Prospect theory is criticized in this article for being borrowed from psychology without appropriate acknowledgement, for requiring mathematical calculations that are beyond the average person, for not investigating information processing during prospect theory choices, and for lacking application to real-world decisions—such as important product and service choices made by consumers. Further criticism is leveled at the prospect theory-derived technique known as “framing,” which is based on one-sided presentation of information and would be unethical in most consumer behavior situations.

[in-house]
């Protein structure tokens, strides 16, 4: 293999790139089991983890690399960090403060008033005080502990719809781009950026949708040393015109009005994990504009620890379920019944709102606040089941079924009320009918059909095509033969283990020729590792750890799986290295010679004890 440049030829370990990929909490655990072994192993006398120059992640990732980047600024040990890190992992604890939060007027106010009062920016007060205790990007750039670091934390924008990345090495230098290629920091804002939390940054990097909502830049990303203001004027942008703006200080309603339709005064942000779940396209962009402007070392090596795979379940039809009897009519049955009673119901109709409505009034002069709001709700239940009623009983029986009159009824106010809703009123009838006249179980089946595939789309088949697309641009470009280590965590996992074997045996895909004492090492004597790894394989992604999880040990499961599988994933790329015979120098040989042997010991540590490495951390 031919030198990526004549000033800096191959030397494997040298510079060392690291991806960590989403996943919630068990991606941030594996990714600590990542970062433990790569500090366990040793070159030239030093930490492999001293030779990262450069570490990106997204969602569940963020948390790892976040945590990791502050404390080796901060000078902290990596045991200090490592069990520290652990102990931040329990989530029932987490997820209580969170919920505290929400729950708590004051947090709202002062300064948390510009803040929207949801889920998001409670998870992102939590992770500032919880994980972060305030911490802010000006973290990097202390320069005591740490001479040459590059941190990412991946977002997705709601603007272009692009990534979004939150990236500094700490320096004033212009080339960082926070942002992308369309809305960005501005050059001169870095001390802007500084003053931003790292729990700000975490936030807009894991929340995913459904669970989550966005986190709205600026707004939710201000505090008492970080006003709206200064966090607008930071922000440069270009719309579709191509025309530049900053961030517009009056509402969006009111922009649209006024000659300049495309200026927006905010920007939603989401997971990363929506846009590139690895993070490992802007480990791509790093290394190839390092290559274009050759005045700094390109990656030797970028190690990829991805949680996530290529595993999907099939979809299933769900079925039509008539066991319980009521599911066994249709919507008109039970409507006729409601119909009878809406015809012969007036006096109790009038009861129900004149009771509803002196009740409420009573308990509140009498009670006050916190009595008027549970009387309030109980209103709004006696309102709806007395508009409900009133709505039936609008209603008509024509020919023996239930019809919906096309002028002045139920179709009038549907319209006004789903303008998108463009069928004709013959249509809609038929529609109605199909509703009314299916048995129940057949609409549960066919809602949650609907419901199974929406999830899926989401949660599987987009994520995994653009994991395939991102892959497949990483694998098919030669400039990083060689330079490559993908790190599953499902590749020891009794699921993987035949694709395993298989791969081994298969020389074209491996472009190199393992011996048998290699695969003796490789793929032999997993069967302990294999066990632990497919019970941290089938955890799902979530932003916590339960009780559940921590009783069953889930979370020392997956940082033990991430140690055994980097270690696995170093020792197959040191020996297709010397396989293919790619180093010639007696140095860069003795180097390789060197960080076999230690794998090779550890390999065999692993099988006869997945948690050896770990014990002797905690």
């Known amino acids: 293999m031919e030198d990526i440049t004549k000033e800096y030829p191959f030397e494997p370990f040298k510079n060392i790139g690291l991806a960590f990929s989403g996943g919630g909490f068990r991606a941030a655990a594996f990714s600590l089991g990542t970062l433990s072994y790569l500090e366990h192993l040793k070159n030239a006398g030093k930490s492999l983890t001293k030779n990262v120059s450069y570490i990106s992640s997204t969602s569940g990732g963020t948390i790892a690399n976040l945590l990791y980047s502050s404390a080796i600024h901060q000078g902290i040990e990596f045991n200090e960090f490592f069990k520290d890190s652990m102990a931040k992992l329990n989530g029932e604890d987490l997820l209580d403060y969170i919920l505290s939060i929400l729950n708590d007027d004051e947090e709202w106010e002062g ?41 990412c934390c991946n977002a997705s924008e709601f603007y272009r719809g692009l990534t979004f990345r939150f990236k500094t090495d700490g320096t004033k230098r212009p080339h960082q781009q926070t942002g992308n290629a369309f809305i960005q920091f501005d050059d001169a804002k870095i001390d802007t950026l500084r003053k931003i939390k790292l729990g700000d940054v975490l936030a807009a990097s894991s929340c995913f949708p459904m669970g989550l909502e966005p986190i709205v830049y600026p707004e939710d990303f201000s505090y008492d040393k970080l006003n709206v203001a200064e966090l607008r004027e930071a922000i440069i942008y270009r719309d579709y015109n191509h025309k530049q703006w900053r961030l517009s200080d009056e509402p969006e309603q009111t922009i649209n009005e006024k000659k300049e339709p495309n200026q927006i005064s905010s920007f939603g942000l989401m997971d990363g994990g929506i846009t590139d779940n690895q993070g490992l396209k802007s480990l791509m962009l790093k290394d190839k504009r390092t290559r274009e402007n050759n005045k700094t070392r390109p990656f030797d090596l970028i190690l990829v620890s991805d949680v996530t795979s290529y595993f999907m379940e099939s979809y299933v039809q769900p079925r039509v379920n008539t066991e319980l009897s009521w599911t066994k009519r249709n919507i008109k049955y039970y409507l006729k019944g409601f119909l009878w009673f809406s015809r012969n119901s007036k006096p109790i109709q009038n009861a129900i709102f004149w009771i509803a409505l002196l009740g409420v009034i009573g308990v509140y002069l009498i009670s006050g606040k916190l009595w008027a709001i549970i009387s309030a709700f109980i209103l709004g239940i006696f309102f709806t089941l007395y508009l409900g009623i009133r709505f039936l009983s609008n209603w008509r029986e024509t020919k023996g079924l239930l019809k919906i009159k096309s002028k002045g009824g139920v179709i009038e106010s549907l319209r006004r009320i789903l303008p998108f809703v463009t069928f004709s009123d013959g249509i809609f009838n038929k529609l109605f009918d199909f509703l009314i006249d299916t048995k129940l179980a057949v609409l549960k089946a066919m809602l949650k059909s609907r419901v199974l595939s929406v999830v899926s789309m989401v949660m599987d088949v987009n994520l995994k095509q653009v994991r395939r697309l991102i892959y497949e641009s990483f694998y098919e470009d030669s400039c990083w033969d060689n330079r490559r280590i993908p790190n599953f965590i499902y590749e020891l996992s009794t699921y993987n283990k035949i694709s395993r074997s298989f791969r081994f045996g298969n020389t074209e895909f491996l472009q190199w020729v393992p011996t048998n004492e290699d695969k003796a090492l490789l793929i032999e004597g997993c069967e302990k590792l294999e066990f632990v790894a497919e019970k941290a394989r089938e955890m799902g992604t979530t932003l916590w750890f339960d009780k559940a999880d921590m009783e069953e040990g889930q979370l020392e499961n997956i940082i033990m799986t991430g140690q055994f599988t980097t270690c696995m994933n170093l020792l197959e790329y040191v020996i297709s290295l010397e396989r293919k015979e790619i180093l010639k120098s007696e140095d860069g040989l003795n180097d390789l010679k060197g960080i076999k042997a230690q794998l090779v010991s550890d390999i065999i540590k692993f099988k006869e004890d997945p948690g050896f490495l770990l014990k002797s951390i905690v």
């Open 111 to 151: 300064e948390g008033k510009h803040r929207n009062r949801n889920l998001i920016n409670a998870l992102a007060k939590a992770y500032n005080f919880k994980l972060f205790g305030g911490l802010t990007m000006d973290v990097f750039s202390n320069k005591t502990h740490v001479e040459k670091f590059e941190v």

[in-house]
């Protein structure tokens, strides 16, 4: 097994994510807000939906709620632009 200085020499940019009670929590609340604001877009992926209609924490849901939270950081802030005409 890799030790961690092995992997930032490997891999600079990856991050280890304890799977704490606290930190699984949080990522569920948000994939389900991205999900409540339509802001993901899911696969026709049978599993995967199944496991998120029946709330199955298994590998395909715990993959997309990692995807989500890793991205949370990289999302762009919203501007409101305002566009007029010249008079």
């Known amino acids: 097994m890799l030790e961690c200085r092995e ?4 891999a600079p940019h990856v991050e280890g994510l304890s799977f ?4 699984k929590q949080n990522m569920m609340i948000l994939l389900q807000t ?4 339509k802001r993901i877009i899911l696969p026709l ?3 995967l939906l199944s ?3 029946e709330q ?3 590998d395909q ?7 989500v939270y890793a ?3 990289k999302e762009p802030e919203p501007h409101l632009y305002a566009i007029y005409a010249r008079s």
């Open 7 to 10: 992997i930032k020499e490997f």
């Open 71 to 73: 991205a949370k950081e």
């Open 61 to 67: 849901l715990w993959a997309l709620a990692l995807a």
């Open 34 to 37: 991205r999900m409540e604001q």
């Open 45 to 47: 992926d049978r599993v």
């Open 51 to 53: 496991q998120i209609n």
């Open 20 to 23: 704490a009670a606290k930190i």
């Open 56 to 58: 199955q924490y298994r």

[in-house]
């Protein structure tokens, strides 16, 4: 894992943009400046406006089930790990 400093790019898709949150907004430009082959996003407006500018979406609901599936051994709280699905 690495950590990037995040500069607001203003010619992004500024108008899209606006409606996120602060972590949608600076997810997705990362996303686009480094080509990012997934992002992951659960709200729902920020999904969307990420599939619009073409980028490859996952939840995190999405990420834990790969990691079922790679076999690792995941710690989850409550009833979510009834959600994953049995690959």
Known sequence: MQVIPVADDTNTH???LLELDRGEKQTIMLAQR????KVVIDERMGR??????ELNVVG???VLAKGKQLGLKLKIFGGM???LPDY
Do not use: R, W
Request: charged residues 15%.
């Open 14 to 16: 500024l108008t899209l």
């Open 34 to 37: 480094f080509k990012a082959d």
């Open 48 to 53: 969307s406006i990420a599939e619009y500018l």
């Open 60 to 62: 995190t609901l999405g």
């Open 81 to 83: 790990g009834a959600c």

|Number of pages||7|
|Journal||Journal of Consumer Behaviour: an international research review|
|Early online date||29 Aug 2019|
|Publication status||Published - Sep 2019|